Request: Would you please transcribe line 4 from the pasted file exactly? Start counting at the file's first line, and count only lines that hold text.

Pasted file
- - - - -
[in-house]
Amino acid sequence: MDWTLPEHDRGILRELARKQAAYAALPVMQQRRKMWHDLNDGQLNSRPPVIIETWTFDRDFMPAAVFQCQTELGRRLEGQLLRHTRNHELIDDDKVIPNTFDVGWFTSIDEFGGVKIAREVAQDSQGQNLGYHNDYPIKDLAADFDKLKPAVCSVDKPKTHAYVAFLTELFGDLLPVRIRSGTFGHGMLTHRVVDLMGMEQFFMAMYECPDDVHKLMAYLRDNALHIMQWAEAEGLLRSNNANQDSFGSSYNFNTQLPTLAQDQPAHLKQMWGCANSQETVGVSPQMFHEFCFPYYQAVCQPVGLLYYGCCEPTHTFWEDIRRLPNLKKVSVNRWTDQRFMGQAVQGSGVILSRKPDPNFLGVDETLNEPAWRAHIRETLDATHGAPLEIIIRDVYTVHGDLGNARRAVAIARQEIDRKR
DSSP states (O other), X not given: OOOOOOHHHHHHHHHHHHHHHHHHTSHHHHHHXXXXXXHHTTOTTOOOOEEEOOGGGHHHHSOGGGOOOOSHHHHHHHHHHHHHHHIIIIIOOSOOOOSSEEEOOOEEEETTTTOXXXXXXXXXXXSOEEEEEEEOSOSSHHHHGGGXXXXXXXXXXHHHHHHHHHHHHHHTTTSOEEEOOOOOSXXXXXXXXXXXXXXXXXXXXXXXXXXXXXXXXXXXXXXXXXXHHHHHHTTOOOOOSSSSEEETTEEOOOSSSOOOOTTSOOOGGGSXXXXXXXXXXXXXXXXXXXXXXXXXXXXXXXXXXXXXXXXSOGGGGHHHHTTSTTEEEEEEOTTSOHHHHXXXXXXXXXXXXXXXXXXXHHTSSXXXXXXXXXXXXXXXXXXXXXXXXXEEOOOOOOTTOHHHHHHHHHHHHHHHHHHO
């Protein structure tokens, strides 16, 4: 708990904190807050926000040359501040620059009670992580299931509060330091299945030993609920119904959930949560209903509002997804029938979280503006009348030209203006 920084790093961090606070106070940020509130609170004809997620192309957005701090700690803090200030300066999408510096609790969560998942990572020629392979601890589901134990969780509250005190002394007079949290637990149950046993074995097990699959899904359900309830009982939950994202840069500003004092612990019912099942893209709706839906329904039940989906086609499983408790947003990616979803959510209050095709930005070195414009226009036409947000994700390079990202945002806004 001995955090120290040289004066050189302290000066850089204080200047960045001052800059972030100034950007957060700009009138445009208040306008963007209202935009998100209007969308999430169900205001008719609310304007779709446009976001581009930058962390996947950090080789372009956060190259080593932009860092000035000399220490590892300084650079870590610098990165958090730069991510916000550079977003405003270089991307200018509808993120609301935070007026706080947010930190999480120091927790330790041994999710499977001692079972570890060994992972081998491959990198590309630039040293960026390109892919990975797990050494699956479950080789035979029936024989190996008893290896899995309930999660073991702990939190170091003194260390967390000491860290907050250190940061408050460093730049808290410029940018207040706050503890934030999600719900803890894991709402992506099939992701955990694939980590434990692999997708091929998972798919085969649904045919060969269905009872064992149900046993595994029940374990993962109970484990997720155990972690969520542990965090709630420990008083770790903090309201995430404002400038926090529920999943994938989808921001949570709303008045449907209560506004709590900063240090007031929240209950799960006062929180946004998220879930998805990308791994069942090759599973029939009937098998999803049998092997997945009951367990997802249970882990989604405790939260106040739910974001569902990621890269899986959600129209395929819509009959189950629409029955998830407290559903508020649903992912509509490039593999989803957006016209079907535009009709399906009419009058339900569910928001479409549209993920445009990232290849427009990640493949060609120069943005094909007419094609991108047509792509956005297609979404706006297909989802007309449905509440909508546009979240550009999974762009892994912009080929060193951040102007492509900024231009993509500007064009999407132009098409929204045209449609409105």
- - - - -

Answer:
């Protein structure tokens, strides 16, 4: 708990904190807050926000040359501040620059009670992580299931509060330091299945030993609920119904959930949560209903509002997804029938979280503006009348030209203006 920084790093961090606070106070940020509130609170004809997620192309957005701090700690803090200030300066999408510096609790969560998942990572020629392979601890589901134990969780509250005190002394007079949290637990149950046993074995097990699959899904359900309830009982939950994202840069500003004092612990019912099942893209709706839906329904039940989906086609499983408790947003990616979803959510209050095709930005070195414009226009036409947000994700390079990202945002806004 001995955090120290040289004066050189302290000066850089204080200047960045001052800059972030100034950007957060700009009138445009208040306008963007209202935009998100209007969308999430169900205001008719609310304007779709446009976001581009930058962390996947950090080789372009956060190259080593932009860092000035000399220490590892300084650079870590610098990165958090730069991510916000550079977003405003270089991307200018509808993120609301935070007026706080947010930190999480120091927790330790041994999710499977001692079972570890060994992972081998491959990198590309630039040293960026390109892919990975797990050494699956479950080789035979029936024989190996008893290896899995309930999660073991702990939190170091003194260390967390000491860290907050250190940061408050460093730049808290410029940018207040706050503890934030999600719900803890894991709402992506099939992701955990694939980590434990692999997708091929998972798919085969649904045919060969269905009872064992149900046993595994029940374990993962109970484990997720155990972690969520542990965090709630420990008083770790903090309201995430404002400038926090529920999943994938989808921001949570709303008045449907209560506004709590900063240090007031929240209950799960006062929180946004998220879930998805990308791994069942090759599973029939009937098998999803049998092997997945009951367990997802249970882990989604405790939260106040739910974001569902990621890269899986959600129209395929819509009959189950629409029955998830407290559903508020649903992912509509490039593999989803957006016209079907535009009709399906009419009058339900569910928001479409549209993920445009990232290849427009990640493949060609120069943005094909007419094609991108047509792509956005297609979404706006297909989802007309449905509440909508546009979240550009999974762009892994912009080929060193951040102007492509900024231009993509500007064009999407132009098409929204045209449609409105």